Botswana

Botswana is considered one of Africa’s premier wildlife countries and is the first choice for many African wildlife safari connoisseurs. With a broad range of habitats Botswana offers varied safari experiences. Have a look at our Exclusive Safari Expedition packages which focus on the best Game Reserves Botswana has to offer.

Okavango Delta

The Okavango Delta is a unique pulsing wetland. More correctly an alluvial fan, the delta covers between 6 and 15 000 square kilometres of Kalahari Desert in northern Botswana and owes its existence to the Okavango (Kavango) River which flows from the Angolan highlands, across Namibia’s Caprivi Strip and into the harsh Kalahari Desert.

Each year the Okavango River discharges approximately 11 cubic kilometres (1.1 × 10¹³ litres) of water into the Okavango Delta. Most of this water is lost to transpiration by plants (60%) and by evaporation (36%) with only 2% percolating into the aquifer system with the remainder finally flowing into Lake Ngami.

The Okavango Delta is affected by seasonal flooding with flood water from Angola reaching the Delta between March and June, peaking in July. This peak coincides with Botswana’s dry season resulting in great migrations of plains game from the dry hinterland.

Generally flat, with a height variation of less than two meters across its area, dry land in the Okavango Delta is predominantly comprised of numerous small islands, formed when vegetation takes root on termite mounds, however larger islands exist with Chief’s Island, the largest, having been formed on a tectonic fault line.

The 1000th site to be inscribed on UNESCO’s World Heritage List in 2014, the Okavango Delta is an important wildlife area protected by both the Moremi Game Reserve, on its eastern edge, and the numerous wildlife concessions within Ngamiland.

An oasis in an otherwise dry environment the Okavango Delta is known for its superb wildlife, with large populations of mammals and excellent birding particularly in the breeding season.

Moremi

The Moremi Game Reserve initially consisted mostly of the Mopane Tongue area, but in the 1970s the royal hunting grounds, known as Chief’s Island, were added. Let us share a few more facts about this area to introduce it properly. The Moremi is home to the most endangered species of large mammals: the cheetah, white rhinoceros, black rhinoceros, African wild dog and lion. Over 500 bird species (from water birds to forest dwellers) and over a 1.000 species of plants are also recognized in the Moremi. This ecosystem is amongst the richest in Africa. And thanks to effective protection, the flora and fauna is relatively undisturbed.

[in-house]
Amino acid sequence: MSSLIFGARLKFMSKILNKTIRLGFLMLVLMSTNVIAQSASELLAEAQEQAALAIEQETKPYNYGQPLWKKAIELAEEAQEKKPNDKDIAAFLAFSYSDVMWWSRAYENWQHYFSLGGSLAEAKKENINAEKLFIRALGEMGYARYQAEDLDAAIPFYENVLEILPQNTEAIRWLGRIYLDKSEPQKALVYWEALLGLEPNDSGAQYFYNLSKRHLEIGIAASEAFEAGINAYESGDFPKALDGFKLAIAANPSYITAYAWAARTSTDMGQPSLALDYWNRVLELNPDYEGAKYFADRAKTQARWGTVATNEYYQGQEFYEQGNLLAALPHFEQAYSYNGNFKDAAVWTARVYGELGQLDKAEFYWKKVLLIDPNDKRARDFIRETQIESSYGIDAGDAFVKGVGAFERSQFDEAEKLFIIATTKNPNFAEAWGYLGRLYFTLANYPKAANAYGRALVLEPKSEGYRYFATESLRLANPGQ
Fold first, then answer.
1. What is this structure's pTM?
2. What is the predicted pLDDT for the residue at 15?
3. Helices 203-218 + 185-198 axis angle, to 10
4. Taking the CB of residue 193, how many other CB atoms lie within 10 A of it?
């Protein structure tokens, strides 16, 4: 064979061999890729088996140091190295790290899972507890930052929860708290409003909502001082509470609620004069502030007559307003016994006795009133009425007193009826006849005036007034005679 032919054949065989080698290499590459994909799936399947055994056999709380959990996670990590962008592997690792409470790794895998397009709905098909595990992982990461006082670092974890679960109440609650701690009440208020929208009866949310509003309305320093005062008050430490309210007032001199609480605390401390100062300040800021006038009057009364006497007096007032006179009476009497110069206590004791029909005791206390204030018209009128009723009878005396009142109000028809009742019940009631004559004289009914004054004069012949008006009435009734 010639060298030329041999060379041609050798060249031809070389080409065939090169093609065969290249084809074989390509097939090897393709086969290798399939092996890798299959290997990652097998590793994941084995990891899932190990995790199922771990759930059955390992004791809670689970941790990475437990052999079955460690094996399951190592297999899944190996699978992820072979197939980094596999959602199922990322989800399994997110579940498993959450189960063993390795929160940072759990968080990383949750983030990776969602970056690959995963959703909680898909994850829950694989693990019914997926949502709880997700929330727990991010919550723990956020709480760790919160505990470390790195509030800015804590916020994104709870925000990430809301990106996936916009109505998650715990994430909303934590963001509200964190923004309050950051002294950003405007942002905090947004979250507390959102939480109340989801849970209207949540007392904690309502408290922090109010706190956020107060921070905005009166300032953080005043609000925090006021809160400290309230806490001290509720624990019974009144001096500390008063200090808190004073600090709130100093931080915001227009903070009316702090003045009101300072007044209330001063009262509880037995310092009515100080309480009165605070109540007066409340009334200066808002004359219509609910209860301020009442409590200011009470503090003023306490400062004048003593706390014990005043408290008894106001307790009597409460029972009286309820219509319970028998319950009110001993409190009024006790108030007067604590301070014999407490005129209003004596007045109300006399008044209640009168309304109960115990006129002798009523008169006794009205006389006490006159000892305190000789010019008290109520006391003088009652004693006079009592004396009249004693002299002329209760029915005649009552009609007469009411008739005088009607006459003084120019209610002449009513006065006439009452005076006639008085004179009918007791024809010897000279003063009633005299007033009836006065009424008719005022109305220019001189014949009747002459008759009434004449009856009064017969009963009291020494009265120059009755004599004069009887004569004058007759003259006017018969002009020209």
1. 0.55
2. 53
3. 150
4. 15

Savuti and Linyanti

Savuti is famous for its mysterious and fascinating channel. It runs a distance of 100 kilometers from the Chobe River, through a gap in the sand ridge, to the Mababe Depression. Falling only approximately 18 meters, this channel brings water from the Chobe to Mababe, creating a small marsh where it enters the Depression. Flowing in Livingstone’s time, the channel was dry in 1880, and remained dry for about 70 years. It flooded again in 1957. Savuti Marsh has been dry for the past 18 years.

Savuti is famous for its predators, especially its resident lion and spotted hyena populations. Only 38 kilometers northwest of Savuti and off the main tourist track lies Botswana’s best kept secret: Linyanti and the western reaches of the Savuti Channel.The Linyanti and upper Savuti areas are among the most beautiful in Botswana. The game-viewing can be exceptional, and the wide variety of activities make this an area not be missed. Linyanti hosts large herds of buffalo, zebra and elephant. Because this area is a private game reserve, the vehicle concentrations are very low and the wilderness experience is one of the best in Africa.

Chobe

Chobe National Park is in northern Botswana near the vast, inland Okavango Delta. It’s known for its large herds of elephants and Cape buffalo, which converge along the Chobe Riverfront in the dry months. Lions, antelopes and hippos inhabit the woods and lagoons around Linyanti Marsh. The floodable grasslands of the Savuti Marsh attract numerous bird species, plus migrating zebras.